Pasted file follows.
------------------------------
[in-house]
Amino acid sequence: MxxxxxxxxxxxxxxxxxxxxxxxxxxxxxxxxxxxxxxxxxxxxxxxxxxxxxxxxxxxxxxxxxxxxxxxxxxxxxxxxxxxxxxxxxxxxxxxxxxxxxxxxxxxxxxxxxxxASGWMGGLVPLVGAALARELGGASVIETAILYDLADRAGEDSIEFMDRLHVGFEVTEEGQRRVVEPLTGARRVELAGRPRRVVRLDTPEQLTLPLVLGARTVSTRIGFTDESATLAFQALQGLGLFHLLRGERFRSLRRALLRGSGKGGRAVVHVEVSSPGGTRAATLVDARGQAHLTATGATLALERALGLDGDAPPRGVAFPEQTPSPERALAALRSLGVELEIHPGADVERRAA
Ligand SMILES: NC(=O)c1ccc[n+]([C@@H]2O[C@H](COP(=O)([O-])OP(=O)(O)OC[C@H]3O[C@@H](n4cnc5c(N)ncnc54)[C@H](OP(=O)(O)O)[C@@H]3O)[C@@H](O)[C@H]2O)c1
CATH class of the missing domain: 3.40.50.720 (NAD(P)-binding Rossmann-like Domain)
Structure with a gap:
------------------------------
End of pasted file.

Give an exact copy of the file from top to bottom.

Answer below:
[in-house]
Amino acid sequence: MxxxxxxxxxxxxxxxxxxxxxxxxxxxxxxxxxxxxxxxxxxxxxxxxxxxxxxxxxxxxxxxxxxxxxxxxxxxxxxxxxxxxxxxxxxxxxxxxxxxxxxxxxxxxxxxxxxxASGWMGGLVPLVGAALARELGGASVIETAILYDLADRAGEDSIEFMDRLHVGFEVTEEGQRRVVEPLTGARRVELAGRPRRVVRLDTPEQLTLPLVLGARTVSTRIGFTDESATLAFQALQGLGLFHLLRGERFRSLRRALLRGSGKGGRAVVHVEVSSPGGTRAATLVDARGQAHLTATGATLALERALGLDGDAPPRGVAFPEQTPSPERALAALRSLGVELEIHPGADVERRAA
Ligand SMILES: NC(=O)c1ccc[n+]([C@@H]2O[C@H](COP(=O)([O-])OP(=O)(O)OC[C@H]3O[C@@H](n4cnc5c(N)ncnc54)[C@H](OP(=O)(O)O)[C@@H]3O)[C@@H](O)[C@H]2O)c1
CATH class of the missing domain: 3.40.50.720 (NAD(P)-binding Rossmann-like Domain)
Structure with a gap: